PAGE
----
Relationship Building

Gambel Communications moves to a new, larger space that mirrors its founder’s vision for the company
Lens Workspaces 01

Gambel Communications celebrates its 12th year in business in new, custom offices in Metairie. Founder Betsie Gambel worked with her brother, architect Tommy Meric, Duplantier and Meric Architects, and contractor Tom Leblanc of Kemper Construction to realize her vision for the more than 3,000-square-foot space. The offices showcase a bevy of art from Gambel’s personal collection.

We have built our business on relationships. People come to us to put people and ideas together to create strategies that arise from relationships. – Betsie Gambel, founder Gambel Communications

For years, clients and friends visited Gambel Communications at its location on Metairie Road behind Royal Blend Coffee & Tea. Founded in 2009 by Betsie Gambel, the company had long outgrown its charming, 1,000-square-foot offices. In 2019, Gambel finally found the perfect new home. With the help of her architect brother, Tommy Meric of Duplantier and Meric Architects, and Kemper Construction, Gambel was able to achieve her vision for offices that allowed the company to cater to its needs, and those of its clients and the community, well beyond the capabilities of the earlier space while still leaving room to grow.

“We knew we had outgrown the office on Metairie Road years ago, but nobody wanted to move because we loved the space,” said Gambel. “We loved the location. We loved the newsroom environment. At one point, Amy [CEO Amy Boyle Collins] and I were sharing the office with the conference table [in it]. We did great work there and people would walk in and say, ‘This is just so y’all.’”

Gambel said she had been looking for a long time before discovering a building on Ridgelake Drive in Metairie. It included a residential apartment on the second floor, as well as a warehouse space, and would provide more than 3,000 square feet of space.

“I knew I could make it work with my business,” she said. “The biggest challenge was we wanted a significant conference room that community groups could use, where we could have classes and large capacity press conferences and meetings. What attracted us to this building is it used to be a swimming pool company, so [on] the side was a two-story warehouse. I didn’t know what I was doing to do with it, but I brought my brother over, and he said, ‘This is easy — this is where your conference room is.’”

Meric redesigned the first floor to include three small offices, an executive office with a conference table and large conference room, which has a second-floor gallery.

“It’s just exquisite,” said Gambel. “Gorgeous light fixtures, lots of natural light, a credenza built in on the side for coffee service. It has large, [ADA compliant] bathrooms — it’s beautiful. I knew how many private or semi-private spaces I needed, and I knew I needed two conference rooms. That was the No. 1 challenge. How do we convert this empty warehouse into something that complements the rest of the building? Tommy was masterful. He and Leblanc just worked beautifully together and created this absolute showstopper.”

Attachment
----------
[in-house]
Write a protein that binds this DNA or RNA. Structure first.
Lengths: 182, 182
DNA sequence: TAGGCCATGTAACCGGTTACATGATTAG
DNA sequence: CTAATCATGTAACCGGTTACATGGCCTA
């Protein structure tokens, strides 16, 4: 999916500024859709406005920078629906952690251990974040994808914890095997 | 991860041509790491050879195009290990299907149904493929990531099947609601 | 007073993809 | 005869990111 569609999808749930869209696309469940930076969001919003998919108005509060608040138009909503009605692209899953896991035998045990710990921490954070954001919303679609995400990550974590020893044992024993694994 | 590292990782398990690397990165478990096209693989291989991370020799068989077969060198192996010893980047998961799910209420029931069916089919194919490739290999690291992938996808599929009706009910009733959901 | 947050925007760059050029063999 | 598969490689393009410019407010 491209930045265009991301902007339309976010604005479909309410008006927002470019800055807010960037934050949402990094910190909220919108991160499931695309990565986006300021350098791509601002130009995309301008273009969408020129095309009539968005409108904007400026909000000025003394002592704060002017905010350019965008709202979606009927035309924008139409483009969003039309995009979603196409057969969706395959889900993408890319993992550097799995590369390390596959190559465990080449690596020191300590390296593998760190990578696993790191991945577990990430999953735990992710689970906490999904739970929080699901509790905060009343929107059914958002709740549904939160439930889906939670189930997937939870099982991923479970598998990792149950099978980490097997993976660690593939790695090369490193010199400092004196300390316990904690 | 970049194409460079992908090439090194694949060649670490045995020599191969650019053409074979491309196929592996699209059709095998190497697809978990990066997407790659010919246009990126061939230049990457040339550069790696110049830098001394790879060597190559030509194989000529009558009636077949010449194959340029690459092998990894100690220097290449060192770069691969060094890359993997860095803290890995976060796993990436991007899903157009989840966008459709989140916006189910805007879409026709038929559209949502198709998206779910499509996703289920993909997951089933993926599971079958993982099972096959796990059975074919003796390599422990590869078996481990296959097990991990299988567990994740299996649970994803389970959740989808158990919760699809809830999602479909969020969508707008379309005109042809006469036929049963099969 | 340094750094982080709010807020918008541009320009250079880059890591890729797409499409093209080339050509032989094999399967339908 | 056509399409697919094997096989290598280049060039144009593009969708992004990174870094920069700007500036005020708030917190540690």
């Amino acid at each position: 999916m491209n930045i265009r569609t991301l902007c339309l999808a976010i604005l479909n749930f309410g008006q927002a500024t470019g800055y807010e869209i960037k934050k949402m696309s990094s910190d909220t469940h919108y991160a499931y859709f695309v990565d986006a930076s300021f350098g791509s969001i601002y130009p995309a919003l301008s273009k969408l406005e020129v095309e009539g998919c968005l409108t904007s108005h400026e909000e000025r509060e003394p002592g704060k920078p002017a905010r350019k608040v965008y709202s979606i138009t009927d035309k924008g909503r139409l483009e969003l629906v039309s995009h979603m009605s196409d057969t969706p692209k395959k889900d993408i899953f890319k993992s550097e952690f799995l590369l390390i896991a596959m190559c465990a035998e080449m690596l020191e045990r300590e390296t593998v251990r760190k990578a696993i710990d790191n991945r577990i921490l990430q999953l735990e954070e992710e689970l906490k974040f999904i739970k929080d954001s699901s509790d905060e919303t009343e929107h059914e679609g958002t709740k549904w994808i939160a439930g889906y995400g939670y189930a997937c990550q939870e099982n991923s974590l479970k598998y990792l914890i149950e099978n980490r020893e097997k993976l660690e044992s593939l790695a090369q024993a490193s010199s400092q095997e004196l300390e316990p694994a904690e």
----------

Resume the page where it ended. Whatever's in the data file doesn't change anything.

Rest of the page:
Upstairs, Gambel said they took a softer approach in a mix of collaborative spaces and partition spaces, as well as an area for lunch and breaks. The combination borrows from co-working space design, allowing flexibility for the different work styles of staff members and types of projects.

The large conference room is open, contemporary and convertible, designed to adapt to a variety of uses.

“We have it set up as a typical, long rectangle table, but we can [configure] it as a classroom [or] theater style,” she said. “We have the big monitor TV at the end so it’s very usable for group settings to Zoom or for a virtual press conference. You can be on the gallery upstairs and overlook what’s going on downstairs, [so if] you wanted spectators you could do that.”

At Christmas, Gambel said they converted the conference room to a Windsor Court-style tearoom for the staff’s holiday party, complete with candelabras and tea service.

“The next day we were holding a press conference,” she said. “It maintains this forward-looking positive character.”

Positivity and connection are at the core of Gambel’s mission. Each member of the staff is tasked with taking part in the community at large through work with nonprofit organizations they are passionate about supporting, like the Junior League of New Orleans or the Press Club of New Orleans, and also via leadership groups, such as the New Orleans Regional Black Chamber of Commerce or the Jefferson Chamber of Commerce.

“We have built our business on relationships,” said Gambel. “People come to us to put people and ideas together to create strategies that arise from relationships. Civic or nonprofit work really strengthens those relationships and that connection. We really like taking Camellia Beans and pairing them with Tabasco and [NOCHI] to do a house float — putting different clients together for benefit or just introducing them because we know they share the same values or philosophy. We love that.”

 

At a Glance
Location
2701 Ridgelake Drive, Metairie
Year Business was Established
2009
Date of Building
2001
Move in date
2020
Square footage
3,000-plus
Person in Charge
Betsie Gambel, founder; Amy Boyle Collins, CEO
Number of employees
8 full-time and 3 part-time
Architect
Tommy Meric, Duplantier and Meric Architects; Tom Leblanc of Kemper Construction, contractor
Furnishings and art
Select pieces from Betsie Gambel’s personal collection, including works by Adele Sypesteyn, Rhenda Saporito, Nell Mabry, Ida Kohlmeyer, Nurhan Gokturk, folk artist Bob Markley and, most recently, a Derrick Franklin-designed Orpheus flower from a celebrity float that was acquired for Krewe of House Floats.